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Explore the Java API for JSON Processing

  • August 12, 2016
  • By Manoj Debnath
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JSON, which stands for JavaScript Object Notation, is a text-based, open standard, language independent data exchange format, primarily used to serialize/deserialize and transmit data over a network connection. JSON can have many other uses as well. But, in the arena of data exchange, it performs similar functions as XML. Java already has API support for XML, and JSON soon picked up interest. Java EE 7 embraced it into the library and standardised  much of its functionality through Java Specification Request (JSR) 353. However, even prior to this core incorporation, there were several third party libraries to process, transform, serialize/deserialize or generate JSON data, such as Json-lib, fastjson, Flexjson, Jettison, Jackson, and so forth. Each has its uses under different scenario. So, Java actually never lacked support for JSON processing. But here, our specific interest lies in the core API group.

JSON and XML

When we talk of JSON, one question comes to our mind: Is it better than XML? In view of the data interchange scheme, they seem to perform similar functions. They may be similar, but they are not the same. In fact, their features are not comparable at all based on their originality. JSON is purely a data format. It is excellent for data interchange where readability for humans as well as machines is the primary concern. Now, what does this readability to a machine mean? Web servers and Web pages exchange data, right? JavaScript is rich in processing Web page logic. Most Web pages are built on it. JSON (JavaScript Object Notation) is close to JavaScript; this means that Web pages that use JavaScript can easily consume data given in JSON format. XML, on the other hand, is a bit alien when JavaScript consumability is concerned and requires cryptic parsing. Also, syntactically JSON uses fewer characters to represent data. This makes data size small and compact. For example, in JSON a item type (String/Number/Nested JSON Object) can be inferred syntactically. This lessens the parser's effort to realize that id is a number and firstName a string. A simple JavaScript code to illustrate the idea is as follows:

obj=JSON.parse(jsonObj);
obj.id==101;   // true
"Kenneth"      // true

In the case of XML, we may want to write the JavaScript in the following manner:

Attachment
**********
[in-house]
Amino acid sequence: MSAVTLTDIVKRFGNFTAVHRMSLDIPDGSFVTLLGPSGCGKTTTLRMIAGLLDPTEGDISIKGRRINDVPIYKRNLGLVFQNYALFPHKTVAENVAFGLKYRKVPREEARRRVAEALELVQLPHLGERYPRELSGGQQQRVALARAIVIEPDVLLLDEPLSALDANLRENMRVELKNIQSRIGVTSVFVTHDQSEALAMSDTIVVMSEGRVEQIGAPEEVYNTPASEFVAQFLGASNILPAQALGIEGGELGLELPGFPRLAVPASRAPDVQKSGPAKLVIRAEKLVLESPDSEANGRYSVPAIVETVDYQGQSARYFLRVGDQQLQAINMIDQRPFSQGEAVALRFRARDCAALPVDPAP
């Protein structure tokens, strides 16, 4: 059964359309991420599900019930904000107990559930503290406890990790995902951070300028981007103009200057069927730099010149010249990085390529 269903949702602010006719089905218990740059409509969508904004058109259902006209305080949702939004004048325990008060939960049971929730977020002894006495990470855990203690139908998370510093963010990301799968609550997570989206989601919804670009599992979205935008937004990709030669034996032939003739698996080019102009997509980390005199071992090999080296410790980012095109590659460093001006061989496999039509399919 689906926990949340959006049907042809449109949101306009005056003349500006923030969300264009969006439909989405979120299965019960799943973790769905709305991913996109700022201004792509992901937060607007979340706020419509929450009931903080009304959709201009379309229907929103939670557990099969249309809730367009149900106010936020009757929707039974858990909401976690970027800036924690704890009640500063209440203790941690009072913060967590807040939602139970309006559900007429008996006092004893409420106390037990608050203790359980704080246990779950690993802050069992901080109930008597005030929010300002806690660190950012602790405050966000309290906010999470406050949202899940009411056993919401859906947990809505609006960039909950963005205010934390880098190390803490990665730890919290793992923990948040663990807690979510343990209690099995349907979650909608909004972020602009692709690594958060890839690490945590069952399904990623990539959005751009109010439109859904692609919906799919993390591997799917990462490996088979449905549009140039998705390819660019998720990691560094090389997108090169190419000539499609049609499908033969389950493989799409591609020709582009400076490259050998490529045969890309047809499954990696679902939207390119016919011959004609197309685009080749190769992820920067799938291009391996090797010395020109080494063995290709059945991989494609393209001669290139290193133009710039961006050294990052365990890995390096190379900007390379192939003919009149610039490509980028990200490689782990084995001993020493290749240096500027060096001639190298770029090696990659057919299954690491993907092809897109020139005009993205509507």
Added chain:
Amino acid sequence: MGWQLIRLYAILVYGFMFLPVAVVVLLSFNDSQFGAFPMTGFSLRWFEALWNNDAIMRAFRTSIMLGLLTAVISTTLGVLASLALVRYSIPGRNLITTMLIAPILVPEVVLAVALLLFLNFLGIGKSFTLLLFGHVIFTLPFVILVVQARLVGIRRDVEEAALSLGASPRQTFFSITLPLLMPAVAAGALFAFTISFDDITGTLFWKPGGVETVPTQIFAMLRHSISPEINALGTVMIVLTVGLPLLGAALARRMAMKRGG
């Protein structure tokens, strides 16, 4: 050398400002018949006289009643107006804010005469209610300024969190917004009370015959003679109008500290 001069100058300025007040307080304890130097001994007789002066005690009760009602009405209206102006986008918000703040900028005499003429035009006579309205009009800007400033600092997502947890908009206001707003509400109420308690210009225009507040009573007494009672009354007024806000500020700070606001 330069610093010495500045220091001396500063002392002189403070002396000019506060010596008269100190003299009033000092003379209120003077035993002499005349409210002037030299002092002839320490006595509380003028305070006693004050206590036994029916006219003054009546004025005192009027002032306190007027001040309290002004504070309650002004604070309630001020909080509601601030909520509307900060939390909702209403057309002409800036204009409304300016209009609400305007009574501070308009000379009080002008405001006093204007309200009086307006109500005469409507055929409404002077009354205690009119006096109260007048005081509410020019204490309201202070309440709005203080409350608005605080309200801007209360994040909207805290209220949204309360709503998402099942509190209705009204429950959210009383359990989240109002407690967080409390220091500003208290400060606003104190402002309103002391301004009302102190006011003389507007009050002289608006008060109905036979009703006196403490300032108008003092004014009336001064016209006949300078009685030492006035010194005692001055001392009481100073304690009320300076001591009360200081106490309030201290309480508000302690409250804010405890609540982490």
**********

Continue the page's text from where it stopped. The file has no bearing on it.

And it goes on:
obj = parseThatXMLPlease();
ppl = obj.getChildren("person");
p = ppl[0];
p.getChildren("id")[0].value() == 101                // true
p.getChildren("firstname")[0].value() == "Kenneth"   // true

JSON Data Format

{
   "id": 101,
   "firstName": "Kenneth",
   "lastName": "Garcia",
   "address": {
      "street": "950 Tower Lane",
      "city": "Foster City"
      "state":"CA"
   }
}

XML Data Format

<?xml version="1.0"?>
<person id="101">
   <firstname>Kenneth</firstname>
   <lastname>Garcia</lastname>
   <address>
      <street>950 Towel Lane</street>
      <city>Foster City</city>
      <state>CA</state>
   </address>
</person>

XML (eXtensible Markup Language) is a language, a sophisticated language in its own right, to be precise. Using it as a data exchange format is just one of its side-effects. XML can organize the structuring information into metadata; the XML Schema can disambiguate the data structure properly without breaking any of its structural norms, modify an XML document using an XSL transformation document, and so on, and many more features. JSON, though picking up some of these features such as JSONPath for querying or JSON-Schema for validation, is not designed to have these characteristics. The point is, each has its own applicability and specific purpose. So, if comparison still creeps in, the basis of discrimination should be on what we need and what would be more appropriate under present circumstances.

Java API for JSON

The Java API for JSON processing primarily performs four functions: parsing, serialize/deserialize, transform, and query. There are two programming models for JSON processing, such as XML (DOM and SAX). One is called the object model and another is called the streaming model.

Object Model

The object model (JSON-P Model API) generates the data structure in a tree format. The tree is immutable and resides in memory. This makes it flexible to traverse and analyse. Because JSON output is generated by navigating through the tree, the memory footprint is high and lacks performance in comparison to streaming API. This is a specific concern when dealing with large volume of data.